|5||Evoral the Torch*|
|6||1d3 Bell & Hammer Witch Hunters ambushed by 2d4 smokies*. 1d3 additional witch hunters lie dead|
|7||2d3 Red Talon Cultists leading 1d3 soldiers away to be sacrificed.|
|8||The White Hart leads the PCs to a door to fairyland|
|9||1d4 Bell & Hammer Witch Hunters in a ranged battle with 2d4 Red Talon Cultists.|
|10||A Tzwa Bloodletter hunts an exhausted commoner who fled an attack on a nearby village.|
|11||A Procession of 3d8 unearthly beautiful elves and Sidhe walk across the road, using Mondas as a shortcut between trods. They will enslave or kill the PCs if they draw attention to themselves.|
|12||The Glatisant stalks nearby, hunting the prey set for it by a powerful fae prince. There is a 1-in-29 chance it's prey is a PC based on some Crusade-era grudge on their ancestors. Otherwise it will ignore the PCs unless provoked.|
The Reasoning for my Choices
The first part of the article is setup for the GM. It isn't actually helpful to read it to the players; in the game a lore dump like that will bore your players to tears
The key to making a world pop is to show, not tell.
The roadside of the North Road can be littered with the charred and overgrown ruins of abandoned thorps. An NPC can use the phrase "North Road Torches,' or maybe a Crusade-era memorial can be seen in the distance decorated with elven swords.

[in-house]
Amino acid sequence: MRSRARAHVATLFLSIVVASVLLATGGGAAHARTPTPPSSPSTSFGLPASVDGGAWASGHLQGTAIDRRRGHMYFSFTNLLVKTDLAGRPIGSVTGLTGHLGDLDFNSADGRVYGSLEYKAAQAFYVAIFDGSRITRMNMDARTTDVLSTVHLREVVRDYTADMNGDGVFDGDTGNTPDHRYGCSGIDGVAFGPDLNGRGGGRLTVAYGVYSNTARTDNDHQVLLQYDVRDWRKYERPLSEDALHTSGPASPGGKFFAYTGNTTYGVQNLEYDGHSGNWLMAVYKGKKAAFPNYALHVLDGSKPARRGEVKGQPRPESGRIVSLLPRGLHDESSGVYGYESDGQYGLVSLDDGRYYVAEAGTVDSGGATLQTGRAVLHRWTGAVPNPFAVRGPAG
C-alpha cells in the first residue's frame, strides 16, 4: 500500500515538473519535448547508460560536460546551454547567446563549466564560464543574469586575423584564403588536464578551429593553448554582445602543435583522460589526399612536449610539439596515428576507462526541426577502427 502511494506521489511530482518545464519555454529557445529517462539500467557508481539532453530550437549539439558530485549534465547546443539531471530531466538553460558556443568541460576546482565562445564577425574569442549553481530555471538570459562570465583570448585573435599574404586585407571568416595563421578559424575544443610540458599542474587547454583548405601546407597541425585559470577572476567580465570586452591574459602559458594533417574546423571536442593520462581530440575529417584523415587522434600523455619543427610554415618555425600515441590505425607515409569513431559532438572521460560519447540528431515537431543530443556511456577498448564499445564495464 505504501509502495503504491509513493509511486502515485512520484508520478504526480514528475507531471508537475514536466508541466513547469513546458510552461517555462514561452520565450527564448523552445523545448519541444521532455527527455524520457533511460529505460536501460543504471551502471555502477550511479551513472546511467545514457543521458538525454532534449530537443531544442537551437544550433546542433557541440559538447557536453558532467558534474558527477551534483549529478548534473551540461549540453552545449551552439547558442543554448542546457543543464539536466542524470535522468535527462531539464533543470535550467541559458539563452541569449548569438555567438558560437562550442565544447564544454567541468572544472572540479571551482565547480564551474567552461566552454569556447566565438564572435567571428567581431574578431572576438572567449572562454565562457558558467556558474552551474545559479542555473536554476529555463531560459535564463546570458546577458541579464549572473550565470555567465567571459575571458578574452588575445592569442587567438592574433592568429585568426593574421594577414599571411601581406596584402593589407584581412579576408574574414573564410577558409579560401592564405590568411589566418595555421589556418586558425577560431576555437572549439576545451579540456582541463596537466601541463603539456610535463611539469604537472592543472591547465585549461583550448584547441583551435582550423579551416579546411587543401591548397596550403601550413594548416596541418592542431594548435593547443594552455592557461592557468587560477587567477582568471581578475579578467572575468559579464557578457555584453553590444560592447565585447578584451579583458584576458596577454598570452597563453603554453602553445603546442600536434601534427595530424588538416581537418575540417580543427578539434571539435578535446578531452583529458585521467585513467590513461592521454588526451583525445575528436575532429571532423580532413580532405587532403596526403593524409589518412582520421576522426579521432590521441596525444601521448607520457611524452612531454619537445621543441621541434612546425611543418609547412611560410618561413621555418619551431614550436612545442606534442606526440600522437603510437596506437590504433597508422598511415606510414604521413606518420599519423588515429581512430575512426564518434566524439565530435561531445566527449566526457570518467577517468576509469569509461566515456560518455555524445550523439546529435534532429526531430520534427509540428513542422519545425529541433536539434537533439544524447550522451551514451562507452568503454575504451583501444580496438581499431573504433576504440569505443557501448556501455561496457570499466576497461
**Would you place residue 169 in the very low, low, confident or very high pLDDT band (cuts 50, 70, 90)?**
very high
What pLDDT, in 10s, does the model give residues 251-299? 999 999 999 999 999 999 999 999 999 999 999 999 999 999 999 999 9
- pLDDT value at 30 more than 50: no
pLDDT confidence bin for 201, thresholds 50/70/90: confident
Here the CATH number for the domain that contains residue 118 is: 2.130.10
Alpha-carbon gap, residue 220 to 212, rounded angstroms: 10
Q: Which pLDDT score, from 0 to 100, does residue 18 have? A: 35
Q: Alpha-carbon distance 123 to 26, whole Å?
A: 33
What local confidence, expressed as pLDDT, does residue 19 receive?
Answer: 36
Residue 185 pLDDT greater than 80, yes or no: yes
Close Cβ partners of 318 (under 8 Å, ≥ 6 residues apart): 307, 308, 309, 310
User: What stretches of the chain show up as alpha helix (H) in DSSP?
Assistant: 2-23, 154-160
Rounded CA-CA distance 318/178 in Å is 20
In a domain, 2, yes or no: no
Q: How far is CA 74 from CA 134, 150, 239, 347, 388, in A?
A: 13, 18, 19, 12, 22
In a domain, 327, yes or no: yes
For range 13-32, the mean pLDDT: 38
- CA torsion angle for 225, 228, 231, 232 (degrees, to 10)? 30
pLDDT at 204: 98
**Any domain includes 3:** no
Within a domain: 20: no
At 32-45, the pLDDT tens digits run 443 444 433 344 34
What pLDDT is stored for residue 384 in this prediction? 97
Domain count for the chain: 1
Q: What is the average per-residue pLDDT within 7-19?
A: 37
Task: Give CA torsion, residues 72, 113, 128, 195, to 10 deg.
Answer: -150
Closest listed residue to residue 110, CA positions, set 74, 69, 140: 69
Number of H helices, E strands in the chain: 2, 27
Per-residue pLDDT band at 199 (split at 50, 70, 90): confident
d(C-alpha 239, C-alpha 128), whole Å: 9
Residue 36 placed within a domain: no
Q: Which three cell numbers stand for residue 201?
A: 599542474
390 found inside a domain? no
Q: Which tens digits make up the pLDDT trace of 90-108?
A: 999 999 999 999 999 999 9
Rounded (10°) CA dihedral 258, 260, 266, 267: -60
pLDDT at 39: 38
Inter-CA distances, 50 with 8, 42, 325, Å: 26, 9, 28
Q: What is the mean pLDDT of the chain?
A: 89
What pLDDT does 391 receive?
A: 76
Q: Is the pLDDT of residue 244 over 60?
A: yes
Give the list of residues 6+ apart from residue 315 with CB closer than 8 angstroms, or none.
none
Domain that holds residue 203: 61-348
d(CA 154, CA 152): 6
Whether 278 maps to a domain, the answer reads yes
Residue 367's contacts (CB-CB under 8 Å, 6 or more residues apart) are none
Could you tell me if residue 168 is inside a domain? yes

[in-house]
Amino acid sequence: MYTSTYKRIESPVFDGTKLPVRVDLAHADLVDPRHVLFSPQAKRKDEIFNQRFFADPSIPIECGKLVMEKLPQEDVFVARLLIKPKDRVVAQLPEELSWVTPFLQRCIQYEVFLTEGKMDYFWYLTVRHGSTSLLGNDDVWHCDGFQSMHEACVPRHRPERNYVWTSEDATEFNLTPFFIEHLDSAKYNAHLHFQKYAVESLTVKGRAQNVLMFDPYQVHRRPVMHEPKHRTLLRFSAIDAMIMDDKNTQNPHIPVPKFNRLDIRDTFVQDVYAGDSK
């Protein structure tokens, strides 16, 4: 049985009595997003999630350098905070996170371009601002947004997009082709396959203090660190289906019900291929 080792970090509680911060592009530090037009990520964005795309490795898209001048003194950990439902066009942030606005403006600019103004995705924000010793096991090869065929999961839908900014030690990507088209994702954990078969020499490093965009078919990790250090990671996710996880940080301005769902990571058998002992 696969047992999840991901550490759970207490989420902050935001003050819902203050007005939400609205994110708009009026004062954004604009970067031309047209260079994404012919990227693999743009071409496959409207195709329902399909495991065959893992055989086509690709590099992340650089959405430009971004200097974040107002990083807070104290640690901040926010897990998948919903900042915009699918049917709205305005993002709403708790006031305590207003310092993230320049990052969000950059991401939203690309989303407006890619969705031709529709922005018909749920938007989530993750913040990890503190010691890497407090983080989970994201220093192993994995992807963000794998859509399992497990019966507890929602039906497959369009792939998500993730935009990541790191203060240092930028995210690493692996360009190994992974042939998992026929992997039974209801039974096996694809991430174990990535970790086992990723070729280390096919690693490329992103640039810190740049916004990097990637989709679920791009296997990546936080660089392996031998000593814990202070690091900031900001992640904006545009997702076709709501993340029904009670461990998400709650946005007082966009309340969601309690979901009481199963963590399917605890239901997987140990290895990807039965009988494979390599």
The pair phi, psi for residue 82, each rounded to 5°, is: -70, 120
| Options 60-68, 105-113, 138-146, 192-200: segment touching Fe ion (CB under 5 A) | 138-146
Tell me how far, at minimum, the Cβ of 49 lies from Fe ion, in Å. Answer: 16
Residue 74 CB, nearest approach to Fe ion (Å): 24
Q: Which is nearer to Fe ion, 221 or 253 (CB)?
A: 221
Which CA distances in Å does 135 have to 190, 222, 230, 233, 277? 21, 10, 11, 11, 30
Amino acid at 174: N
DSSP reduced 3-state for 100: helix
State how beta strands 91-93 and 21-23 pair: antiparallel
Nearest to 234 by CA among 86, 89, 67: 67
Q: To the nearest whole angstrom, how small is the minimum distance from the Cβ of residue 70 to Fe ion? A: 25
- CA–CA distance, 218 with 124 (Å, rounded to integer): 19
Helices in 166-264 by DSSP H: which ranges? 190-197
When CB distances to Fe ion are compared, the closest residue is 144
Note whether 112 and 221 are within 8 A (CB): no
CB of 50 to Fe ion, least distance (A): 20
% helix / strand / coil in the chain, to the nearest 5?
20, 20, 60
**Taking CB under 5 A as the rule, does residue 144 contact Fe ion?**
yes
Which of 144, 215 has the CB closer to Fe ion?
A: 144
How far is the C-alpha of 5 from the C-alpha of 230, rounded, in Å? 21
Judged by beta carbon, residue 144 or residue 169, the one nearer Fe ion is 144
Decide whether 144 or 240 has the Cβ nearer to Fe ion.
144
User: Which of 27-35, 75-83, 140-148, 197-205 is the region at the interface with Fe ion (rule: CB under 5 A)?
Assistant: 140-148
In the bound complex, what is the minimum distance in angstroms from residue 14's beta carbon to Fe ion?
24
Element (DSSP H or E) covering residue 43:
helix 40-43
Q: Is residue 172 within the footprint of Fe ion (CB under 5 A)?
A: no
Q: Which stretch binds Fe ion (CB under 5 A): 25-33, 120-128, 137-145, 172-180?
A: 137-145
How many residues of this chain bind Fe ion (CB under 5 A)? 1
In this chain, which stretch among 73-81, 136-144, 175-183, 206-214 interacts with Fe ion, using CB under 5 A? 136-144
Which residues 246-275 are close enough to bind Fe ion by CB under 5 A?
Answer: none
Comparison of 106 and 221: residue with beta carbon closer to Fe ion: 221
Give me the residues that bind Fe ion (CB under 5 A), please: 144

But while a GM can plan a few of these, and I can populate a few burned buildings in the hexes, I want the area to have some life. This is where my random encounter table can excel.
I start with some encounters and clashes between the factions. This helps give life to NPCs.
I added weather, because in Deathtrap Lite I have created a system for PCs handling extreme weather and exposure that I feel is worth showcasing
Then I wanted to add in a few typical dangers to the area: axe-beaks, wolves, fey tricks, and the madmen who wander the roadways of Tassia This will affirm the basic ideas of my setting.
Those handled, I wanted to capture the fear and hurry that specifically the North Road engenders in the campaign. Heavily-armed coaches, militarized campsites, marching soldier,s and frightened refugees all add the idea that humans fear this place, and would rather not be here. There are no wandering peddlers or pilgrims on the North Road.
Finally , I created a special, rare encounter table that would tell something of the history of the area.
- Elves still wandering the wood with grudges from the crusade.
- Human sacrifice from people who cling to the Old Gods.
- A ghost of a burning house where people were caught inside.
- The damned spirit of a ranger who burned houses when inhabitants were still inside to try to force them to flee .
- The Glatisant a fae hunter-killer seeking some poor soul
- A wagon with missing people.
After a few of these, the players will know exactly what kind of place they find themselves in without the need for any lengthy lore dumps.
This certainly isn't my own unique example of using encounter tables to tell the story of a place in rich, living detail. If you can get your hands on it, check out Luka Rejec's Ultraviolet Grasslands and the Black City for some of the most rich encounter and carousing tables you have ever seen.